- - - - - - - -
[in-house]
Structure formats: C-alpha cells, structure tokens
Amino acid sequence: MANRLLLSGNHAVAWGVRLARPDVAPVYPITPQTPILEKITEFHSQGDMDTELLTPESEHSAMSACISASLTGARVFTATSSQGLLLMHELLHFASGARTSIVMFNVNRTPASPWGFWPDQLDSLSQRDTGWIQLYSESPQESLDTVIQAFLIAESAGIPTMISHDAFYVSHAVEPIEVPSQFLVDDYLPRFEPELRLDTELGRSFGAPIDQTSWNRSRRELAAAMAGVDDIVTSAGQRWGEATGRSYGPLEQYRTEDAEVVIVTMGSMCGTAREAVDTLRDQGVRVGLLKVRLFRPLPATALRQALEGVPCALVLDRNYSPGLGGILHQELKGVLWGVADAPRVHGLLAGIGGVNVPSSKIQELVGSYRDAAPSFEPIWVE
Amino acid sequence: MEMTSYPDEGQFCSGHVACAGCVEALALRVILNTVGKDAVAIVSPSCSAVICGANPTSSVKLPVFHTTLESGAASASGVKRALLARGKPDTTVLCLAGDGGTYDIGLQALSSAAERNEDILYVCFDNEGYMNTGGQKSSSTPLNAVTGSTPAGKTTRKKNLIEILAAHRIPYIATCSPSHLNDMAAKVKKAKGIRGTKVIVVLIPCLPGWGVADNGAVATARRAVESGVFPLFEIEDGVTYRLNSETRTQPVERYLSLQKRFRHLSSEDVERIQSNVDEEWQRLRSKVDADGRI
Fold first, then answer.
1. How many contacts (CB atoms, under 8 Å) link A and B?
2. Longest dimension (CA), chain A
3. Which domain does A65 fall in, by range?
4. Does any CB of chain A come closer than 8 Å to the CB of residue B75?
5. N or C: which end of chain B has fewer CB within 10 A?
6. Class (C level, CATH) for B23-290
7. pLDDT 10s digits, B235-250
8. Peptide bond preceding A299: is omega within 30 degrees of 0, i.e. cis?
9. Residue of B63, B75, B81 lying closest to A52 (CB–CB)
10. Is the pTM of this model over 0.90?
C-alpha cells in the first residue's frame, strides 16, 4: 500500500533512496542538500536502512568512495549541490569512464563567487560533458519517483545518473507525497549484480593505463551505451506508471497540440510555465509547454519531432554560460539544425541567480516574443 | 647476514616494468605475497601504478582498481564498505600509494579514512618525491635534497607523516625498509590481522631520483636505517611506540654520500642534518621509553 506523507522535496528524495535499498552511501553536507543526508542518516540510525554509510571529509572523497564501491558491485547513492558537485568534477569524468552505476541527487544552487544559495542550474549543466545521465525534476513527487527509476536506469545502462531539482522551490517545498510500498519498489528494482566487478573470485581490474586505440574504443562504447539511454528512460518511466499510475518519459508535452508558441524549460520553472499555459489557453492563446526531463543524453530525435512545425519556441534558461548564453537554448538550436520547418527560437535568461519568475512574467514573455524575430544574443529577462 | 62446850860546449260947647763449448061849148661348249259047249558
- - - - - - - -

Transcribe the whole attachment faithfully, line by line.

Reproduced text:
[in-house]
Structure formats: C-alpha cells, structure tokens
Amino acid sequence: MANRLLLSGNHAVAWGVRLARPDVAPVYPITPQTPILEKITEFHSQGDMDTELLTPESEHSAMSACISASLTGARVFTATSSQGLLLMHELLHFASGARTSIVMFNVNRTPASPWGFWPDQLDSLSQRDTGWIQLYSESPQESLDTVIQAFLIAESAGIPTMISHDAFYVSHAVEPIEVPSQFLVDDYLPRFEPELRLDTELGRSFGAPIDQTSWNRSRRELAAAMAGVDDIVTSAGQRWGEATGRSYGPLEQYRTEDAEVVIVTMGSMCGTAREAVDTLRDQGVRVGLLKVRLFRPLPATALRQALEGVPCALVLDRNYSPGLGGILHQELKGVLWGVADAPRVHGLLAGIGGVNVPSSKIQELVGSYRDAAPSFEPIWVE
Amino acid sequence: MEMTSYPDEGQFCSGHVACAGCVEALALRVILNTVGKDAVAIVSPSCSAVICGANPTSSVKLPVFHTTLESGAASASGVKRALLARGKPDTTVLCLAGDGGTYDIGLQALSSAAERNEDILYVCFDNEGYMNTGGQKSSSTPLNAVTGSTPAGKTTRKKNLIEILAAHRIPYIATCSPSHLNDMAAKVKKAKGIRGTKVIVVLIPCLPGWGVADNGAVATARRAVESGVFPLFEIEDGVTYRLNSETRTQPVERYLSLQKRFRHLSSEDVERIQSNVDEEWQRLRSKVDADGRI
Fold first, then answer.
1. How many contacts (CB atoms, under 8 Å) link A and B?
2. Longest dimension (CA), chain A
3. Which domain does A65 fall in, by range?
4. Does any CB of chain A come closer than 8 Å to the CB of residue B75?
5. N or C: which end of chain B has fewer CB within 10 A?
6. Class (C level, CATH) for B23-290
7. pLDDT 10s digits, B235-250
8. Peptide bond preceding A299: is omega within 30 degrees of 0, i.e. cis?
9. Residue of B63, B75, B81 lying closest to A52 (CB–CB)
10. Is the pTM of this model over 0.90?
C-alpha cells in the first residue's frame, strides 16, 4: 500500500533512496542538500536502512568512495549541490569512464563567487560533458519517483545518473507525497549484480593505463551505451506508471497540440510555465509547454519531432554560460539544425541567480516574443 | 647476514616494468605475497601504478582498481564498505600509494579514512618525491635534497607523516625498509590481522631520483636505517611506540654520500642534518621509553 506523507522535496528524495535499498552511501553536507543526508542518516540510525554509510571529509572523497564501491558491485547513492558537485568534477569524468552505476541527487544552487544559495542550474549543466545521465525534476513527487527509476536506469545502462531539482522551490517545498510500498519498489528494482566487478573470485581490474586505440574504443562504447539511454528512460518511466499510475518519459508535452508558441524549460520553472499555459489557453492563446526531463543524453530525435512545425519556441534558461548564453537554448538550436520547418527560437535568461519568475512574467514573455524575430544574443529577462 | 62446850860546449260947647763449448061849148661348249259047249558